• 4. du Prel, Jean-Baptist
    et al.
    Runeson-Broberg, Roma
    Westerholm, Peter
    Alfredsson, Lars
    Fahlén, Göran
    Knutsson, Anders
    Nordin, Maria
    Stockholm University, Faculty of Social Sciences, Stress Research Institute. Umeå University, Sweden.
    Peter, Richard
    Work overcommitment: Is it a trait or a state?2018In: International Archives of Occupational and Environmental Health, ISSN 0340-0131, E-ISSN 1432-1246, Vol. 91, no 1, p. 1-11Article in journal (Refereed)
    Abstract [en]

    Effort-reward imbalance (ERI) is a well-tested work-related stress model with three components, the two extrinsic components efforts and rewards and the one intrinsic component overcommitment. While an imbalance between efforts and rewards leads to strain reactions, work-related overcommitment (OC) has been described as a personal characteristic with a set of attitudes, behaviours, and emotions reflecting excessive striving combined with a strong desire for approval. However, the question whether OC is a personality trait or a response pattern sensitive to changes in the work context (state) is still open. 2940 Swedish industrial employees were included in this longitudinal analysis of the WOLF-Norrland data over 5 years. A change of OC index or its subscales were regressed against a change of freedom of choice at work, extra work, and ERI adjusted for age, sex, and education. While OC was insensitive to changes in freedom of choice at work and extra work, it was clearly associated with changes of work-related stress over time. Three of four OC subscales exhibited statistically significant associations with ERI. For the first time, we studied fundamental characteristics of OC as an independent personality variable (trait) or an outcome variable subject to changes in the work environment (state). The association between external ERI and OC over time supports our hypothesis of OC being a state. Further investigations are needed to establish OC as a trait or a state.

  • 5. Finnes, Anna
    et al.
    Enebrink, Pia
    Ghaderi, Ata
    Dahl, JoAnne
    Nager, Anna
    Öst, Lars-Göran
    Stockholm University, Faculty of Social Sciences, Department of Psychology, Clinical psychology.
    Psychological treatments for return to work in individuals on sickness absence due to common mental disorders or musculoskeletal disorders: a systematic review and meta-analysis of randomized-controlled trials2019In: International Archives of Occupational and Environmental Health, ISSN 0340-0131, E-ISSN 1432-1246, Vol. 92, no 3, p. 273-293Article in journal (Refereed)
    Abstract [en]

    Purpose: Common mental disorders (CMDs) and musculoskeletal disorders are highly prevalent in the population and cause significant distress and disability, and high costs to society. The main objective of this systematic review and meta-analysis was to examine the outcome and comparative effectiveness of psychological interventions in reducing sickness absence (SA) due to CMDs or musculoskeletal disorders, compared to a waitlist control group, usual care or another clinical intervention.

    Methods: We reviewed 3515 abstracts of randomized controlled trials published from 1998 to 2017. Of these, 30 studies were included in the analysis.

    Results: The psychological interventions were overall more effective than treatment as usual in reducing SA (small effect sizes), but not compared to other clinical interventions. Results were similar for studies on CMDs and musculoskeletal pain. A few significant moderating effects were found for treatment-specific variables. However, these were  difficult to interpret as they pointed in different directions.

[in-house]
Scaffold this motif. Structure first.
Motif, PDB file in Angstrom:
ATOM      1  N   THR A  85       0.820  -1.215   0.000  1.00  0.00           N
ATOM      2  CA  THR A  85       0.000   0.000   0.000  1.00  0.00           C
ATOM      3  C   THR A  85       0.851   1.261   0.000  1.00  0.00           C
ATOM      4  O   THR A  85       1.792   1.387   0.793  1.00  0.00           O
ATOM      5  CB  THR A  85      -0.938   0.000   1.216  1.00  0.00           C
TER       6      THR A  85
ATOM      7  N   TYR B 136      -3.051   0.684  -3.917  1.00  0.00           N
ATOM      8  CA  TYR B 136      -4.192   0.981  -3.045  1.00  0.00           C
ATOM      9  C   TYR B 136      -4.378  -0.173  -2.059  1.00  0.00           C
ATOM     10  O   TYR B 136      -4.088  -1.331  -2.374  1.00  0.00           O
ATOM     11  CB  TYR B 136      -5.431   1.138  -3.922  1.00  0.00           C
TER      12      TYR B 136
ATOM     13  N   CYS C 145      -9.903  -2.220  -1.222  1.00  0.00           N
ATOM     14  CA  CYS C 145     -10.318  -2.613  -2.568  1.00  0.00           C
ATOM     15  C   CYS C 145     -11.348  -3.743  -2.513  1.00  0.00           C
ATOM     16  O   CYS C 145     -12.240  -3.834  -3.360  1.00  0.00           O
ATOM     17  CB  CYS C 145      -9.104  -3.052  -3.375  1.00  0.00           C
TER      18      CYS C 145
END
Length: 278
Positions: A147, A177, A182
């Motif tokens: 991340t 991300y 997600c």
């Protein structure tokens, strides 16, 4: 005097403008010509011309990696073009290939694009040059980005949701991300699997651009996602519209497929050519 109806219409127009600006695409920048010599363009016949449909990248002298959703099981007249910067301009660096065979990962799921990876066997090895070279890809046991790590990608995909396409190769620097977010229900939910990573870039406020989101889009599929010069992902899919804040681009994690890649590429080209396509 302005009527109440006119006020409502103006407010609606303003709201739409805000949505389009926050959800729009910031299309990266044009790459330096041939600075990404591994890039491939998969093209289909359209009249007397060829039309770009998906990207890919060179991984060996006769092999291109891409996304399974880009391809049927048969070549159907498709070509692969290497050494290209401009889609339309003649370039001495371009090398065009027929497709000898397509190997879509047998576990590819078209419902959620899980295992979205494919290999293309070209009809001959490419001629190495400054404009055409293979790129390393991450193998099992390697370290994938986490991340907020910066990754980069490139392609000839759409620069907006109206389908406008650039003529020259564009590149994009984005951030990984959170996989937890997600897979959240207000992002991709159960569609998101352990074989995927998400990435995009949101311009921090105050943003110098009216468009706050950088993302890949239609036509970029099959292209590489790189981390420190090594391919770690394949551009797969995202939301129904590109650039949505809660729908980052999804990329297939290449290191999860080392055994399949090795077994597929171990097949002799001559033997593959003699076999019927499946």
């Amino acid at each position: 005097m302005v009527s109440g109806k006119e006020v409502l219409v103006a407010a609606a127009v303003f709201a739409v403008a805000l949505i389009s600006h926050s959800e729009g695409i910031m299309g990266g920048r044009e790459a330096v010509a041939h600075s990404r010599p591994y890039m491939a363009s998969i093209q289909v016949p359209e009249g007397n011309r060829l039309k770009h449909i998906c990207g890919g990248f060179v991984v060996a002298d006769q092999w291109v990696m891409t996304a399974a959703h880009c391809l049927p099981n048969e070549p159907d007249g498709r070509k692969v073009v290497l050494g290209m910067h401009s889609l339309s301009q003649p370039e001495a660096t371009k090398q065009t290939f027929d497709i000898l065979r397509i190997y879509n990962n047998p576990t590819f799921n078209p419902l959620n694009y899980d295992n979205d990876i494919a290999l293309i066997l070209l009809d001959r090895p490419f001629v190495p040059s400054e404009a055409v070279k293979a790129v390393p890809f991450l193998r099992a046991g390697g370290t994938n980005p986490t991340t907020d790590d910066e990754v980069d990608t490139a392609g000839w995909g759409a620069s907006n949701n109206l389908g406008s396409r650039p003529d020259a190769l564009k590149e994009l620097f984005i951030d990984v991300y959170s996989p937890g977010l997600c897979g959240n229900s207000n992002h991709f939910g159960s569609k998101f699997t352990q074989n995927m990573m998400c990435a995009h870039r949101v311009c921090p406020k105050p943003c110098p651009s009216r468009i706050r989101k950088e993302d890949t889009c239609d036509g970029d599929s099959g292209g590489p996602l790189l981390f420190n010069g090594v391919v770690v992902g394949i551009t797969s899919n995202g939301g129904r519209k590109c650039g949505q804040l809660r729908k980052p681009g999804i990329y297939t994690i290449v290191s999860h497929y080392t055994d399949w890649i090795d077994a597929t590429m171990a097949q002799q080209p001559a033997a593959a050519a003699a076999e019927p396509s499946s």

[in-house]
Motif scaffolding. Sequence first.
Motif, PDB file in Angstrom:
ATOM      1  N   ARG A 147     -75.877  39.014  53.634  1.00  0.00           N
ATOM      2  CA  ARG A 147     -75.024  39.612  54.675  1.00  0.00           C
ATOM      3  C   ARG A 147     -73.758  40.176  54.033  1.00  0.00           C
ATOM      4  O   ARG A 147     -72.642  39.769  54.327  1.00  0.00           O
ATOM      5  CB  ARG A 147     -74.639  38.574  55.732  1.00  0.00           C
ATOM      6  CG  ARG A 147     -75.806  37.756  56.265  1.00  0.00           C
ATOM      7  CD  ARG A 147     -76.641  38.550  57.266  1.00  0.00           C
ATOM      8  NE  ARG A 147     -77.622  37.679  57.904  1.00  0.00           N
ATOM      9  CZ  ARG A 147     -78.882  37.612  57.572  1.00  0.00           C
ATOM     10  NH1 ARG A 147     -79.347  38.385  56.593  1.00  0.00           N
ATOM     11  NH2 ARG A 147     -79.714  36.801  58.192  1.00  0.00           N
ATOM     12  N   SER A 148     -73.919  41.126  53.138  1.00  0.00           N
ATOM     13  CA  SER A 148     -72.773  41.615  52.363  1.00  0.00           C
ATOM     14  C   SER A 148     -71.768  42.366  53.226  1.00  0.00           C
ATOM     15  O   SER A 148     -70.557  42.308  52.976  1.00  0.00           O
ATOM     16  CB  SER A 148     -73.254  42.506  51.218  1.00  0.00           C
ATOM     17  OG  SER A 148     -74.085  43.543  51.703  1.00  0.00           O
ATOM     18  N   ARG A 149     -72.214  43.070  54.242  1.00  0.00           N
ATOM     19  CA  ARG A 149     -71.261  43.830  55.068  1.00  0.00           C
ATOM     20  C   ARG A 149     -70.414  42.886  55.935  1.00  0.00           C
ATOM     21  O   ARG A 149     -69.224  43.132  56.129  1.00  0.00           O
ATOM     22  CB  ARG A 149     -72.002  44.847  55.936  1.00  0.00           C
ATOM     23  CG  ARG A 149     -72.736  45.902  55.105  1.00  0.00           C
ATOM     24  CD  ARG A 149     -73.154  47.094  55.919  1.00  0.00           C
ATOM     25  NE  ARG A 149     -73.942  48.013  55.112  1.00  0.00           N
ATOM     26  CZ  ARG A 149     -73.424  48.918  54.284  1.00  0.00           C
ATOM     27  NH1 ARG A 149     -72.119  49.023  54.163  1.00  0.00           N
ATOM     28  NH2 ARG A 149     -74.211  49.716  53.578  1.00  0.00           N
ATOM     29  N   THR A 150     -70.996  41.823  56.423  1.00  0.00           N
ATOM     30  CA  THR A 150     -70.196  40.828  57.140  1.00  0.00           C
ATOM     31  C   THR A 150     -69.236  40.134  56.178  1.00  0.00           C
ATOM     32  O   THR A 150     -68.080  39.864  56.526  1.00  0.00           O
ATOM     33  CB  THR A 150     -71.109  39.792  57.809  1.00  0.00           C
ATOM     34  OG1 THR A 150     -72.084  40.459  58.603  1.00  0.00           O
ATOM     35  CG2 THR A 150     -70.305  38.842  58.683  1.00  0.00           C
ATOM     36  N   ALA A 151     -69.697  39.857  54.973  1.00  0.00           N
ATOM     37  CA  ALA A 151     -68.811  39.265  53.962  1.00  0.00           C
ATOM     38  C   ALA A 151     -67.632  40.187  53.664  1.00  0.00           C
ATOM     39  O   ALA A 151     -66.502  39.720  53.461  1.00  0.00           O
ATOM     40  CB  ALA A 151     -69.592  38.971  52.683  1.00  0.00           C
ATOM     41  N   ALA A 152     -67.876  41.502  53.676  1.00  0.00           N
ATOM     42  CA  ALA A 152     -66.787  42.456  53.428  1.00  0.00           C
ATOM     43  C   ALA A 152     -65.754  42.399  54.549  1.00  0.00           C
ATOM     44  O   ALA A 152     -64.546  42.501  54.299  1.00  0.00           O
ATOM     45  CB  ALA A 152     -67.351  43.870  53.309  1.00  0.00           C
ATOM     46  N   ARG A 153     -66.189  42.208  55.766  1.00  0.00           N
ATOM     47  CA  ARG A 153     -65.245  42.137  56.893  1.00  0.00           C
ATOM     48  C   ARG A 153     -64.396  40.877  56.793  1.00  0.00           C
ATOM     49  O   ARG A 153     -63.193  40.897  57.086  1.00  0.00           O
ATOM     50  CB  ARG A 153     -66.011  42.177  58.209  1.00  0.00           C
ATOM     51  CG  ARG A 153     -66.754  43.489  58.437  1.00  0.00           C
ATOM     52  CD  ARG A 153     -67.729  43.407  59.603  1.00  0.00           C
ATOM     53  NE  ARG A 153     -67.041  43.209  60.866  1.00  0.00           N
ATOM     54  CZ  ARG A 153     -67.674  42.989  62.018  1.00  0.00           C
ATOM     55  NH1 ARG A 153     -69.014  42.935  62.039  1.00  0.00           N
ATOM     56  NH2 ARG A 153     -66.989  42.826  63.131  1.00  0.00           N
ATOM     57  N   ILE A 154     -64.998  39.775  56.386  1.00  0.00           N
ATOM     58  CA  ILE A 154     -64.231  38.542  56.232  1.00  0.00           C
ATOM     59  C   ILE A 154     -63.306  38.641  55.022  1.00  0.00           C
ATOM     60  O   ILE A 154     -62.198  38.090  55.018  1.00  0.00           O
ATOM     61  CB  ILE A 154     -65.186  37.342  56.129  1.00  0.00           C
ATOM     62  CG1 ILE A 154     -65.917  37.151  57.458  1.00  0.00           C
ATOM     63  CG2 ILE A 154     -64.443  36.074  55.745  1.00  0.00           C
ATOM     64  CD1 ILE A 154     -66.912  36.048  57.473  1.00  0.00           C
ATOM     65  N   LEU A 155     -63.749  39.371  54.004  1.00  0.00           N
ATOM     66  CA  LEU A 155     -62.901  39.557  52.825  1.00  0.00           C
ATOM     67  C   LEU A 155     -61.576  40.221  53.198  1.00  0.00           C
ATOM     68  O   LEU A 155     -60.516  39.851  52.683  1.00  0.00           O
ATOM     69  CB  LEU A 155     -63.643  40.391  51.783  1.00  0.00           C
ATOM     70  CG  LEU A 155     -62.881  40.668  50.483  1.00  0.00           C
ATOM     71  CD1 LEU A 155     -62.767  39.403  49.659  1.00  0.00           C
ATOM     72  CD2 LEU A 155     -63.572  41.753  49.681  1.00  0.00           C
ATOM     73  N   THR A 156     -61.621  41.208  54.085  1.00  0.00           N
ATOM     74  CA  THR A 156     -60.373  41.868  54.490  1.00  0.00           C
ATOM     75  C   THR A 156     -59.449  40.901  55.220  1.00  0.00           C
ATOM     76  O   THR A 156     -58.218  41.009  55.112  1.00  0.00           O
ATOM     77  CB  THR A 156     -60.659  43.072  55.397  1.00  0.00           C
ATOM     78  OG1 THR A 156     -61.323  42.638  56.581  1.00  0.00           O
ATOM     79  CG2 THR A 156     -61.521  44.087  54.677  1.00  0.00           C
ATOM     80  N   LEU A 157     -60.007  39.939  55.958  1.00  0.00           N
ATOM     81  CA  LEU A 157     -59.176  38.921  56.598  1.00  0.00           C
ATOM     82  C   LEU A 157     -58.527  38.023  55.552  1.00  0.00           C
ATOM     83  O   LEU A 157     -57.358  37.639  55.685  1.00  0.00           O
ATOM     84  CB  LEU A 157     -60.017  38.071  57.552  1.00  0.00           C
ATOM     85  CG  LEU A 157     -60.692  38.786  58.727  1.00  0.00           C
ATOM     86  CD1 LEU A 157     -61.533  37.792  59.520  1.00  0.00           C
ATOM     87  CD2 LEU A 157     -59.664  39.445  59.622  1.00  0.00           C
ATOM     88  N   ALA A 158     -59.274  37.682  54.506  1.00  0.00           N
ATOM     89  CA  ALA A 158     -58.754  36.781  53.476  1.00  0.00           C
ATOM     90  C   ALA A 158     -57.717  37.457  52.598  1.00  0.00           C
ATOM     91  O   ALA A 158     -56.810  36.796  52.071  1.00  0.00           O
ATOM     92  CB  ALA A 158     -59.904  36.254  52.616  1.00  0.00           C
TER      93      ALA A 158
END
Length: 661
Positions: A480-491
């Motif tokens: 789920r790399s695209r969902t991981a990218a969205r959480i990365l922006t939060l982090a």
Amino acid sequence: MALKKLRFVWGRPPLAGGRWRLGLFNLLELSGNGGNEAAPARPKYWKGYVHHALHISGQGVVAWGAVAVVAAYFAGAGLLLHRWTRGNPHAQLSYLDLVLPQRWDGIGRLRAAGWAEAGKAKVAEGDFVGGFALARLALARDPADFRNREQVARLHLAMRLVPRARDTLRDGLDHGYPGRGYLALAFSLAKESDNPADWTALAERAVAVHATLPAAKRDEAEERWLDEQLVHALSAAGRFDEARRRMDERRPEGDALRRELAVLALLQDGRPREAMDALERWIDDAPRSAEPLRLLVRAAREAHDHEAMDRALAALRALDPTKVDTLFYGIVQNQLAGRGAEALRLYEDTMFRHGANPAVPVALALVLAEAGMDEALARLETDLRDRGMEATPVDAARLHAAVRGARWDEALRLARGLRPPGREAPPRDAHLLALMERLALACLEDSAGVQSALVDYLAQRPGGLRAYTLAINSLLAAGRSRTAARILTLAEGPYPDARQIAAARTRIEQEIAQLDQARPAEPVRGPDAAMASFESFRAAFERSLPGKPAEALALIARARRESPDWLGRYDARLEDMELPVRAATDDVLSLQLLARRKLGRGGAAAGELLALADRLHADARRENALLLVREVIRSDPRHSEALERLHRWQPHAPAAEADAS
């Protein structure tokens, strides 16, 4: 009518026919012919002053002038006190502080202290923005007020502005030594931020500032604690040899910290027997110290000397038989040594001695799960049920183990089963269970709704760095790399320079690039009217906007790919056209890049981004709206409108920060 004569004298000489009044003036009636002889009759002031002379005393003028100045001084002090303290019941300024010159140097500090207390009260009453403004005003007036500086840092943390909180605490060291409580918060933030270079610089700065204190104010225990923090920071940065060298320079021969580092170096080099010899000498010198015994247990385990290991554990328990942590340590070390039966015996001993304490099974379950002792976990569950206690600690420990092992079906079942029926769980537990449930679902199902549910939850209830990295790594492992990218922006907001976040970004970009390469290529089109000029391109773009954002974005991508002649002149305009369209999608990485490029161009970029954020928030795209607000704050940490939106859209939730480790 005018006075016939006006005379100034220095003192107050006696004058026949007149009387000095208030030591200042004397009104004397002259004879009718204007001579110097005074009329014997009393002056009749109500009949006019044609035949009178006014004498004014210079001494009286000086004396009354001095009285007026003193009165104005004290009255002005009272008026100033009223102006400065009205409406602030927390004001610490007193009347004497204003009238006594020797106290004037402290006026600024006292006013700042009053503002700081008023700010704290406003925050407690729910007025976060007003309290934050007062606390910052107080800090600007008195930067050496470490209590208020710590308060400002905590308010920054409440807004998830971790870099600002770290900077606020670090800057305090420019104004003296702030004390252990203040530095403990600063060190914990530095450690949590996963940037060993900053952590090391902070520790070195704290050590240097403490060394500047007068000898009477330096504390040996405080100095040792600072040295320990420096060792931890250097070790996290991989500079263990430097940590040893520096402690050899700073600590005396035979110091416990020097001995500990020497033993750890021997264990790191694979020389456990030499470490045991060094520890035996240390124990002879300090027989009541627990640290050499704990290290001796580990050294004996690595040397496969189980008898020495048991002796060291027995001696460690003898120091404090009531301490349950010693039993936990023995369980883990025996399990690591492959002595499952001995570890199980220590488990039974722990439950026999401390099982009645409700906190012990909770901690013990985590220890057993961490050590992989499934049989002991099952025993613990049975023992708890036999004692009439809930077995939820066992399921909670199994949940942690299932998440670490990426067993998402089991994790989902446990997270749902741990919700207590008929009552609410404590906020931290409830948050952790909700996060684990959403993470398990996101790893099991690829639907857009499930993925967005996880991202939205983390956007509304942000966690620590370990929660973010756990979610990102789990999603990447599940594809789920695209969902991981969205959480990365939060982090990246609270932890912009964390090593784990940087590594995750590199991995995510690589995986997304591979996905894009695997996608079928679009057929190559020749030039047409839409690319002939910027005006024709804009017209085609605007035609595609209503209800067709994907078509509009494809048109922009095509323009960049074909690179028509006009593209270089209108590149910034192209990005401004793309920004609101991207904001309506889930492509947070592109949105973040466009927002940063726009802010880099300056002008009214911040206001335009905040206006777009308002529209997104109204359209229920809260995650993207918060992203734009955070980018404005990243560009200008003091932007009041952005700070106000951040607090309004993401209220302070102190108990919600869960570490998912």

Conclusion: There was a small but significant effect of psychological treatments in reducing SA. We identified areas of improvement such as methodological problems among the included studies and failure to specifically address RTW in the interventions that were evaluated. Clinical implications of the findings, and ways of improving methodological rigour of future studies are discussed.

  • 6. Kjellberg, Katarina
    et al.
    Lundin, Andreas
    Falkstedt, Daniel
    Allebeck, Peter
    Hemmingsson, Tomas
    Stockholm University, Faculty of Social Sciences, Centre for Social Research on Alcohol and Drugs (SoRAD). Karolinska Institutet, Sweden.
    Long-term physical workload in middle age and disability pension in men and women: a follow-up study of Swedish cohorts2016In: International Archives of Occupational and Environmental Health, ISSN 0340-0131, E-ISSN 1432-1246, Vol. 89, no 8, p. 1239-1250Article in journal (Refereed)
    Abstract [en]

    The study investigates the association between level of long-term physical workload in middle age and disability pension (DP) before 61 years of age with adjustments made for early life factors, level of education, and psychosocial working conditions. Associations with DP overall, DP due to musculoskeletal disorders and DP due to psychiatric disorders were examined.

    The study is based on cohorts of 21,809 Swedish men and women born in 1948 and 1953, with data on physical workload estimated with a job exposure matrix based on occupational titles in 1985 and 1990 and follow-up data on diagnosis-specific DP in the years 1991-2009. Data on paternal education and intelligence were collected in primary school. Data on level of education were taken from administrative records. Data on psychosocial working conditions were estimated with a job exposure matrix based on occupational titles in 1990.